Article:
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But even dying trees can support not only their own species but other species as well. For example, according to Jennifer Frazier, when Douglas-fir begin to die, their roots, through fungi, send food to young ponderosa pine battling to survive.  I’d like to think that I might also nourish others who are struggling, through the stories, laughter, love of silence, perseverance, and music that have fed me through the years.

Probably one of the purposes of these blogs, come to think of it.

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And if you liked this blog, you might also be interested in reading:

“Call to the Redwoods”: https://geriatricpilgrim.com/2016/08/22/call-to-the-redwoods/

“Rooting Around”: https://geriatricpilgrim.com/2017/10/02/rooting-around/

 

 

 

 

 

 

Making Assumptions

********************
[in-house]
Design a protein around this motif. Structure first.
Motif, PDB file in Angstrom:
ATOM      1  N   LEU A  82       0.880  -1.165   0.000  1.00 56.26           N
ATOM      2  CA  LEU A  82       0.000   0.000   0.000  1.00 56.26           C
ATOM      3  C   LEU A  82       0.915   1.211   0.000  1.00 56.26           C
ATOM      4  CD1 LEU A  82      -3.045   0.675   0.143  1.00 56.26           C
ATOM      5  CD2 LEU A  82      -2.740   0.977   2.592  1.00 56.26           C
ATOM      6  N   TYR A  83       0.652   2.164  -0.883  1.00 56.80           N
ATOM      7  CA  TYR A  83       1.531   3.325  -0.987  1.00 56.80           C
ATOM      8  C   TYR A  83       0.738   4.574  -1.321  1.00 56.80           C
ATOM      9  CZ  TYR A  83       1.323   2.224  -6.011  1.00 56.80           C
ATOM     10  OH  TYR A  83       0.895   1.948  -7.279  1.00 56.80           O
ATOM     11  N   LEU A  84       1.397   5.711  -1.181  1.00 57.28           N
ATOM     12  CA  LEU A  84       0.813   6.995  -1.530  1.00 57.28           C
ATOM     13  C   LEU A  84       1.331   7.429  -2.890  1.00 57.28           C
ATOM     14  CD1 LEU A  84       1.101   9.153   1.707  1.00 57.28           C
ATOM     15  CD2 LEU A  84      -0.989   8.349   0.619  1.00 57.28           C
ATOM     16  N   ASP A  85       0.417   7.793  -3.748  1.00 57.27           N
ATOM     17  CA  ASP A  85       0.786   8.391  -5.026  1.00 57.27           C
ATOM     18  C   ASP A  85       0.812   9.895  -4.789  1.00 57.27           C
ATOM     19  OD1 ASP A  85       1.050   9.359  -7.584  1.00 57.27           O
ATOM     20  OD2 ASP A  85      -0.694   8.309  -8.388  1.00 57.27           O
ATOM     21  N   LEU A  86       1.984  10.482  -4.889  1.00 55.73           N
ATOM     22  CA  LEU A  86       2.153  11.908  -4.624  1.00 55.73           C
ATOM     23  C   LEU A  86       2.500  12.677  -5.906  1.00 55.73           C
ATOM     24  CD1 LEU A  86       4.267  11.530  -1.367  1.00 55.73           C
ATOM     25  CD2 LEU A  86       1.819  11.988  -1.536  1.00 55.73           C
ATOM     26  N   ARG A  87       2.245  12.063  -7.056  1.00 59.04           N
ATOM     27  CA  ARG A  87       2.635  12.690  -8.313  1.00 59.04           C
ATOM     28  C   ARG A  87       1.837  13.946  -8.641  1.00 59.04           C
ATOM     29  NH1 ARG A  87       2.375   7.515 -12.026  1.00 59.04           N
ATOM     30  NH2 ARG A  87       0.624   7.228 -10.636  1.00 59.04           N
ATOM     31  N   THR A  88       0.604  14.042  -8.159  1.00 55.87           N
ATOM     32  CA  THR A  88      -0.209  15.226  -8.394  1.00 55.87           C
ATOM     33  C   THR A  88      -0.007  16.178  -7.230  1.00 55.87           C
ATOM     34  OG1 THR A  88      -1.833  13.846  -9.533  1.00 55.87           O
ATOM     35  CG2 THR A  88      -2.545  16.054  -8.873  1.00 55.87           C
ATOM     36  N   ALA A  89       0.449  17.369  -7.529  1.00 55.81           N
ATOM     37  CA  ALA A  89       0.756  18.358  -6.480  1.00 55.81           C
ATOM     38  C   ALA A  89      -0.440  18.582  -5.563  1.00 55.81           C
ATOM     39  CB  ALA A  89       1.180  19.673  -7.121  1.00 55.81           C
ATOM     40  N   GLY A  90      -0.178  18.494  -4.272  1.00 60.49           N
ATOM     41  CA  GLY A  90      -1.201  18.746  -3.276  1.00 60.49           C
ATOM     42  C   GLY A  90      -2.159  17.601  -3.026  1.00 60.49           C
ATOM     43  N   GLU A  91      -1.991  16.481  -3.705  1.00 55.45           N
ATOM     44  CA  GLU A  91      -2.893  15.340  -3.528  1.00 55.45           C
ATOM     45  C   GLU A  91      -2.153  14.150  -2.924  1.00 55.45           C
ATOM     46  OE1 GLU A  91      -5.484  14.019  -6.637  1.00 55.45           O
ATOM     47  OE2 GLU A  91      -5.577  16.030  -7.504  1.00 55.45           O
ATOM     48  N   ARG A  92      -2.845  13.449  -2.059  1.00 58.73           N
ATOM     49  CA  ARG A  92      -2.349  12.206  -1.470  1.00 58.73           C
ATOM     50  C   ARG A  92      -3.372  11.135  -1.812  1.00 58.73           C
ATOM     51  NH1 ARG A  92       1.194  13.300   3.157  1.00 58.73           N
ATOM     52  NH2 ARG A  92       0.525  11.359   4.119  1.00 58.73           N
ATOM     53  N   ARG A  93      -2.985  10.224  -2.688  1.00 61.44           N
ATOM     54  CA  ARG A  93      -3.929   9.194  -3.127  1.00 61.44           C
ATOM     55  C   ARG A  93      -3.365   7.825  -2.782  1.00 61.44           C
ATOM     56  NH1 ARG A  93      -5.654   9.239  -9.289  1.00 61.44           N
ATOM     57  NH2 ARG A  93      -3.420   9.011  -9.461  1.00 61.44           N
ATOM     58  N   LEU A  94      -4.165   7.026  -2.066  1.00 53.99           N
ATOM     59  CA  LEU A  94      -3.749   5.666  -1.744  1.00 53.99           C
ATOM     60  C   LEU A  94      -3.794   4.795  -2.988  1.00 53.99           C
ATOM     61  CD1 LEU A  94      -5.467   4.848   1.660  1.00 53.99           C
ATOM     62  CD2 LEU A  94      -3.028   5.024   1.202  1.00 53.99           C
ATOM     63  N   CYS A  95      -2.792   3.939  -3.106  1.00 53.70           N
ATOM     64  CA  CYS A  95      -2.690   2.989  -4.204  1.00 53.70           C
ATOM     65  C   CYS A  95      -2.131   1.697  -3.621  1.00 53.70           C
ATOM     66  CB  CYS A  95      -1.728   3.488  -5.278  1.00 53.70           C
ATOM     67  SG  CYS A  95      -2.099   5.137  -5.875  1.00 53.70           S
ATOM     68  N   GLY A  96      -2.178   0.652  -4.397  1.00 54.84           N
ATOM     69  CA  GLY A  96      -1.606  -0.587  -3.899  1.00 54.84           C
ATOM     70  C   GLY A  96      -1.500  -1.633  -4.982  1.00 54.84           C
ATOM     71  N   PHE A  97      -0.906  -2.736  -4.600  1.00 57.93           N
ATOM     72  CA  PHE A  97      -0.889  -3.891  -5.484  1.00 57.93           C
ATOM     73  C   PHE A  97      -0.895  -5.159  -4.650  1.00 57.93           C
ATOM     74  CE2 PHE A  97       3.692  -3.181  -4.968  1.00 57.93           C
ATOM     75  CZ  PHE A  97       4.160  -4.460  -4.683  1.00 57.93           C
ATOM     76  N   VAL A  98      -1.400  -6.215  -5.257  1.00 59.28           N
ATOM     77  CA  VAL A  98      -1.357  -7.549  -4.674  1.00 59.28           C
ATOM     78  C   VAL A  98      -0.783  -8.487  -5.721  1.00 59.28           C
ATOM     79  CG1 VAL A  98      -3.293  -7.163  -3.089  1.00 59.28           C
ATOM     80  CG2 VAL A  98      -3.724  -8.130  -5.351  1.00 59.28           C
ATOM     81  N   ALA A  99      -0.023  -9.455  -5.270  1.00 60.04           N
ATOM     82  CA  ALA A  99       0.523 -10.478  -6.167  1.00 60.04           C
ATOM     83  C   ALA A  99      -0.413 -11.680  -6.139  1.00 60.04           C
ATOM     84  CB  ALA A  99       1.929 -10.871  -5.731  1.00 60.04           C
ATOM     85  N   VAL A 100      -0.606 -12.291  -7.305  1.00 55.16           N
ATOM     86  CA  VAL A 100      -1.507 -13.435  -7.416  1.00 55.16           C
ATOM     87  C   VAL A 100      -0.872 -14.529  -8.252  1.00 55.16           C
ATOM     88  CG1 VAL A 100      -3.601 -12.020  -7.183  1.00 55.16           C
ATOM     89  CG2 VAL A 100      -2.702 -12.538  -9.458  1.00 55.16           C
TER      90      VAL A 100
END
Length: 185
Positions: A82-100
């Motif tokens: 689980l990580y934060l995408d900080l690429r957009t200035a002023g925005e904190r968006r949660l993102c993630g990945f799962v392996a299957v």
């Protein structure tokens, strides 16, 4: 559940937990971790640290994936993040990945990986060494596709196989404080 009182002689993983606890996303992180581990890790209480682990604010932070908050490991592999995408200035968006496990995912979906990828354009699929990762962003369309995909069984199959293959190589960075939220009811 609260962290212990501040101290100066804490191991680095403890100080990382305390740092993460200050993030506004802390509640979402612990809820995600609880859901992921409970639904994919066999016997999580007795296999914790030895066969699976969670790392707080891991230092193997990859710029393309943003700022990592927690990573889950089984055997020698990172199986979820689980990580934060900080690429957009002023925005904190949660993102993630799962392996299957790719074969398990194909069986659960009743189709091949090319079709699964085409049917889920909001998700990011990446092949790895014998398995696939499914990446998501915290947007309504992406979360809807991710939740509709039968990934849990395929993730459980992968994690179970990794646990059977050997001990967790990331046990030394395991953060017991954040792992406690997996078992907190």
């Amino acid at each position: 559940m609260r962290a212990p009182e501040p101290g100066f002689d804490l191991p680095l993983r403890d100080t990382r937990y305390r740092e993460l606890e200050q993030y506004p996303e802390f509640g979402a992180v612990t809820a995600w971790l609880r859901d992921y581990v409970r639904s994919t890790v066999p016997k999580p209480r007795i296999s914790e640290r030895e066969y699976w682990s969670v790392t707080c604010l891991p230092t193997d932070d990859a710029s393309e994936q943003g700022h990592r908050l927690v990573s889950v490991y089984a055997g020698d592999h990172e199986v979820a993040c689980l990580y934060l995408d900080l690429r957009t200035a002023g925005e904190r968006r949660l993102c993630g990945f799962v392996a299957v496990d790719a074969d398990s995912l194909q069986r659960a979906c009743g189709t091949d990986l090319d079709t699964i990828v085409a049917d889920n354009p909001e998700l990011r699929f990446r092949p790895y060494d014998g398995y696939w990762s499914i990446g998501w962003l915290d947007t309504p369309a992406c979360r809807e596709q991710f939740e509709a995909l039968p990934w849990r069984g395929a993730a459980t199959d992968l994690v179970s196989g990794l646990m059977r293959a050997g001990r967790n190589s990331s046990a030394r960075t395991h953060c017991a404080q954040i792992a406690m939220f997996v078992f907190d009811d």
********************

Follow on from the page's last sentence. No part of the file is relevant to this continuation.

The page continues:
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When you assume, you make an ass out of u and me.”

—Oscar Wilde

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Mary Lee and I are planning a trip to Africa. We’re reading up on where we think we might like to go and watching YouTubes made by people who’ve taken trips there. I’ve just finished Paul Theroux’s Dark Star Safari: Overland from Cairo to Cape Town. We’re getting shots for typhoid and hepatitis, and reading up on the kind of pills we need for malaria and what bug sprays to take along.

Planning, writers on pilgrimage agree, is essential to the pilgrimage experience.